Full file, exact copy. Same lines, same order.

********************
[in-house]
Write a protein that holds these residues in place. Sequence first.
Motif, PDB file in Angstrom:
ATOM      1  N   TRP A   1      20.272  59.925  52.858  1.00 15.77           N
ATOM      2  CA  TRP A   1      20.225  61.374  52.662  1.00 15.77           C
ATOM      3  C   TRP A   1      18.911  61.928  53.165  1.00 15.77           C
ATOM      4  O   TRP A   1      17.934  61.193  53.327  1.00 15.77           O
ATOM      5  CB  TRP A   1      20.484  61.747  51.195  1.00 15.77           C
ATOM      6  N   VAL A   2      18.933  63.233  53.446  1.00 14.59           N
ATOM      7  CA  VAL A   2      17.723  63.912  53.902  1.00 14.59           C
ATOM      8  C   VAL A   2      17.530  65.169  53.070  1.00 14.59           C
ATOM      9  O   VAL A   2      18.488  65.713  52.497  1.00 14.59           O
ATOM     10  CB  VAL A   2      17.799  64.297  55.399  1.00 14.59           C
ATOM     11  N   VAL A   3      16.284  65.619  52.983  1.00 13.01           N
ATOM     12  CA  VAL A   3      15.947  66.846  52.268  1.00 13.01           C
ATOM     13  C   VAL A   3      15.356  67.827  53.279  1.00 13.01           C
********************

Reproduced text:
[in-house]
Write a protein that holds these residues in place. Sequence first.
Motif, PDB file in Angstrom:
ATOM      1  N   TRP A   1      20.272  59.925  52.858  1.00 15.77           N
ATOM      2  CA  TRP A   1      20.225  61.374  52.662  1.00 15.77           C
ATOM      3  C   TRP A   1      18.911  61.928  53.165  1.00 15.77           C
ATOM      4  O   TRP A   1      17.934  61.193  53.327  1.00 15.77           O
ATOM      5  CB  TRP A   1      20.484  61.747  51.195  1.00 15.77           C
ATOM      6  N   VAL A   2      18.933  63.233  53.446  1.00 14.59           N
ATOM      7  CA  VAL A   2      17.723  63.912  53.902  1.00 14.59           C
ATOM      8  C   VAL A   2      17.530  65.169  53.070  1.00 14.59           C
ATOM      9  O   VAL A   2      18.488  65.713  52.497  1.00 14.59           O
ATOM     10  CB  VAL A   2      17.799  64.297  55.399  1.00 14.59           C
ATOM     11  N   VAL A   3      16.284  65.619  52.983  1.00 13.01           N
ATOM     12  CA  VAL A   3      15.947  66.846  52.268  1.00 13.01           C
ATOM     13  C   VAL A   3      15.356  67.827  53.279  1.00 13.01           C